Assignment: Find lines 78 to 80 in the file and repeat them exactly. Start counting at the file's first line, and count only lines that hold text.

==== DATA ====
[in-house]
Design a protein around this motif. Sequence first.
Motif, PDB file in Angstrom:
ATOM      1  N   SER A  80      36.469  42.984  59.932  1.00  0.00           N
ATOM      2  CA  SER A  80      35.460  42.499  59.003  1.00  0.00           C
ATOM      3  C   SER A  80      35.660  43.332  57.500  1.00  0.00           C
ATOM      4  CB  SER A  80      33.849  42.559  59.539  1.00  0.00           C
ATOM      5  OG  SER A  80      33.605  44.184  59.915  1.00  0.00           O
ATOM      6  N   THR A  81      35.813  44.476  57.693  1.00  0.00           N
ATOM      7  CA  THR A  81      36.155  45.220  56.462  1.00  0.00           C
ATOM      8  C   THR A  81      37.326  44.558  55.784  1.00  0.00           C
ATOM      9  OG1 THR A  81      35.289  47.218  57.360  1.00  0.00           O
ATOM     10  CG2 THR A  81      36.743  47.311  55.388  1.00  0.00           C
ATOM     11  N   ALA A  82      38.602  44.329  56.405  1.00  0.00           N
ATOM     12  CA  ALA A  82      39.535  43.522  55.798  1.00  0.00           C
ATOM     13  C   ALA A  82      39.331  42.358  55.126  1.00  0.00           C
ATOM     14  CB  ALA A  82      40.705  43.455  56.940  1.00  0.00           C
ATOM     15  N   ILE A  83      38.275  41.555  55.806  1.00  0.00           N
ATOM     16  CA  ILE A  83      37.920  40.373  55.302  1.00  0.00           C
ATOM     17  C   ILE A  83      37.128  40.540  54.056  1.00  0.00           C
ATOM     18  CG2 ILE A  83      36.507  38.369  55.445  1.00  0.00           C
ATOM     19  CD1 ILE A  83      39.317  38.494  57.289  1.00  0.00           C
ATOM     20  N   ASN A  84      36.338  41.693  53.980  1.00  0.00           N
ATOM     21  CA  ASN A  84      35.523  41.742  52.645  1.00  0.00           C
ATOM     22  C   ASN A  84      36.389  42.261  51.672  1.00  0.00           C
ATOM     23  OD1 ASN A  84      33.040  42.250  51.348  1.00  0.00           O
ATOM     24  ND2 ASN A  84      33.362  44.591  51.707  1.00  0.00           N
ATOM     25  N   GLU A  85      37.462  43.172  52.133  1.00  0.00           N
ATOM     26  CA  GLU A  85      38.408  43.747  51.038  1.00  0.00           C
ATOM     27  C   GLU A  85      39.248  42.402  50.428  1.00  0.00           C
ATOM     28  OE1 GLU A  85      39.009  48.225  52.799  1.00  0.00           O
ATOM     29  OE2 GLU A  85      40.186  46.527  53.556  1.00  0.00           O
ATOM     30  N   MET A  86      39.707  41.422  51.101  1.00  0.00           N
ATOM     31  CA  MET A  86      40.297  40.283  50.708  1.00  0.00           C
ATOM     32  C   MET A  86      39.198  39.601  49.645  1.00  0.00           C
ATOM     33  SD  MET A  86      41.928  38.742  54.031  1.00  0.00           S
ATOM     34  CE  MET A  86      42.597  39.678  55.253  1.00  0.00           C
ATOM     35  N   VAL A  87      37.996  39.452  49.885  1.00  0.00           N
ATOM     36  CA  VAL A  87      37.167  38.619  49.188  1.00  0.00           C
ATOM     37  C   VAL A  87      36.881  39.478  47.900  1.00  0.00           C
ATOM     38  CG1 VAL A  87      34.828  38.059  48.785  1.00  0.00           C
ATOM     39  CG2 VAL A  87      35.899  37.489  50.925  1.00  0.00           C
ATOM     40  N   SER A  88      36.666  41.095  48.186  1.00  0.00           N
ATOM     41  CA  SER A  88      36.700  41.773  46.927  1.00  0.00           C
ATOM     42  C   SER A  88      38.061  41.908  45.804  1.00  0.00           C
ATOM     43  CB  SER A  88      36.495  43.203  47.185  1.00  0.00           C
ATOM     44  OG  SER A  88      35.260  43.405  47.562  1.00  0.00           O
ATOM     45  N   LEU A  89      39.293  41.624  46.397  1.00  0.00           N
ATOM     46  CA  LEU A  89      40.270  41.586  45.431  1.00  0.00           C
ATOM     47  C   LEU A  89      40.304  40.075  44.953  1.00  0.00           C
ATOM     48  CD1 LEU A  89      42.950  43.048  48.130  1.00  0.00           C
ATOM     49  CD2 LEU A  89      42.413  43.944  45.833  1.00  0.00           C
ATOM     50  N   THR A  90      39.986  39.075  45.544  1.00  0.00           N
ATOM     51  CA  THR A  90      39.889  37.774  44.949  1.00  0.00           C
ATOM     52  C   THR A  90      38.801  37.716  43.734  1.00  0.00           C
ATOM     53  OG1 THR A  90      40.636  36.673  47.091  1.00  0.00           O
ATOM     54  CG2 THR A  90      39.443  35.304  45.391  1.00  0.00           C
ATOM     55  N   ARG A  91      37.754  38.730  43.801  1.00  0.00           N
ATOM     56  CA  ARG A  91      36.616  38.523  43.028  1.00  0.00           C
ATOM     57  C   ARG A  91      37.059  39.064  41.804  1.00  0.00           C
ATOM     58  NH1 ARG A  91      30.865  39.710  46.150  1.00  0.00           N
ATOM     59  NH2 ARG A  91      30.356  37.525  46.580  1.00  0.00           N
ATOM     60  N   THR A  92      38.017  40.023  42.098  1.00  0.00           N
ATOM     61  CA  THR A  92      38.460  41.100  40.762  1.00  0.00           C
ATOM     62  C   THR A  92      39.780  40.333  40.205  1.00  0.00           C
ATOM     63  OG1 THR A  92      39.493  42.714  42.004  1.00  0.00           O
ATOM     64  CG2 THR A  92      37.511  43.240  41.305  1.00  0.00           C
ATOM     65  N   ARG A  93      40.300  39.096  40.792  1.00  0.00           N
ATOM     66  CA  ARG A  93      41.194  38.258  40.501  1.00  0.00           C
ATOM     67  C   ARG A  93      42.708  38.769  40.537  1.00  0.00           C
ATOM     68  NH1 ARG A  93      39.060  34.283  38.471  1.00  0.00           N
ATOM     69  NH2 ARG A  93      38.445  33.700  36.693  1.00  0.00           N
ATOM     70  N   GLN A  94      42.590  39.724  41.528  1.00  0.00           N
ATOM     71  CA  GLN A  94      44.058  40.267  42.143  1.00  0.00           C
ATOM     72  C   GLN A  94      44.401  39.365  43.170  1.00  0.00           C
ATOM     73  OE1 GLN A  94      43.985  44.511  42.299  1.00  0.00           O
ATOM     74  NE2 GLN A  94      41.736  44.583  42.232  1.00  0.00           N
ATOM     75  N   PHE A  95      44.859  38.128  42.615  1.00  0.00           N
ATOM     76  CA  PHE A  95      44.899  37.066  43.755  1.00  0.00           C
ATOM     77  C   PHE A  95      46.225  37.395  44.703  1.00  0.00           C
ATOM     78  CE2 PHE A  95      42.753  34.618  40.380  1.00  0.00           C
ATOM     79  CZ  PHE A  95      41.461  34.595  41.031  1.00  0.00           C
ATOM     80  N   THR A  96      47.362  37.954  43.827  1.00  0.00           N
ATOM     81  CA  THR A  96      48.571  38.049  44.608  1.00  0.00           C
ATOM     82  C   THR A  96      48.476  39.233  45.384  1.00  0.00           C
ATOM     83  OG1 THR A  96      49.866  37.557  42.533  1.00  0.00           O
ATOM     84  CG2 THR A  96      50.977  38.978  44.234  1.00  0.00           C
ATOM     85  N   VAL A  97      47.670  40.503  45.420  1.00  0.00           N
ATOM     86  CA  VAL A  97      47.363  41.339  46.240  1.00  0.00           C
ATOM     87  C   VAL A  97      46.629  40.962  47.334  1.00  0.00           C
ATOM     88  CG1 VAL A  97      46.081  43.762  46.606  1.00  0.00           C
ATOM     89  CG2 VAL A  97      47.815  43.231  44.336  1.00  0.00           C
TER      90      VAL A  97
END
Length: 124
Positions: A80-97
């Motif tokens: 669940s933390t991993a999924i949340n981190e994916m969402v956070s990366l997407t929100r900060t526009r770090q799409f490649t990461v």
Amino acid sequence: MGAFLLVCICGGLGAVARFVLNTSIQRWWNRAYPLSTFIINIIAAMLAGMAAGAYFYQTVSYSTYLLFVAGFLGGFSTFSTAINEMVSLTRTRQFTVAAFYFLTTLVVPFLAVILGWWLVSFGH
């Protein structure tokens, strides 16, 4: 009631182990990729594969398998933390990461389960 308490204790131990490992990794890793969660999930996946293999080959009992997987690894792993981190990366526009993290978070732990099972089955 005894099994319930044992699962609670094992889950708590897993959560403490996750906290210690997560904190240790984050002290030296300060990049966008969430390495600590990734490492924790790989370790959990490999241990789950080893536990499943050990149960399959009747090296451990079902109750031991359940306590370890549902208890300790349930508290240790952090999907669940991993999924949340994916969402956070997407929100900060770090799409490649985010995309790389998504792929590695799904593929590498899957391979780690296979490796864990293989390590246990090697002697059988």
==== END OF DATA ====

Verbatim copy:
ATOM     75  N   PHE A  95      44.859  38.128  42.615  1.00  0.00           N
ATOM     76  CA  PHE A  95      44.899  37.066  43.755  1.00  0.00           C
ATOM     77  C   PHE A  95      46.225  37.395  44.703  1.00  0.00           C